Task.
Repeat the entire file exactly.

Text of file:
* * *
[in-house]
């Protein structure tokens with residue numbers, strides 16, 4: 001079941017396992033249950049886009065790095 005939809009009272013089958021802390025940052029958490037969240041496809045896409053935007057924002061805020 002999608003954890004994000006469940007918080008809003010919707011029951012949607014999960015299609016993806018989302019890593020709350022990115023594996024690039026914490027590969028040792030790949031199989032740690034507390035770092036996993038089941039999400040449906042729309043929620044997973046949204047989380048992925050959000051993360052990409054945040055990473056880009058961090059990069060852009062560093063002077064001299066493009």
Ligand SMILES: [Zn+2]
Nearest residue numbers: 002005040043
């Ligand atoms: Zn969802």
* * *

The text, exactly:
[in-house]
């Protein structure tokens with residue numbers, strides 16, 4: 001079941017396992033249950049886009065790095 005939809009009272013089958021802390025940052029958490037969240041496809045896409053935007057924002061805020 002999608003954890004994000006469940007918080008809003010919707011029951012949607014999960015299609016993806018989302019890593020709350022990115023594996024690039026914490027590969028040792030790949031199989032740690034507390035770092036996993038089941039999400040449906042729309043929620044997973046949204047989380048992925050959000051993360052990409054945040055990473056880009058961090059990069060852009062560093063002077064001299066493009």
Ligand SMILES: [Zn+2]
Nearest residue numbers: 002005040043
């Ligand atoms: Zn969802």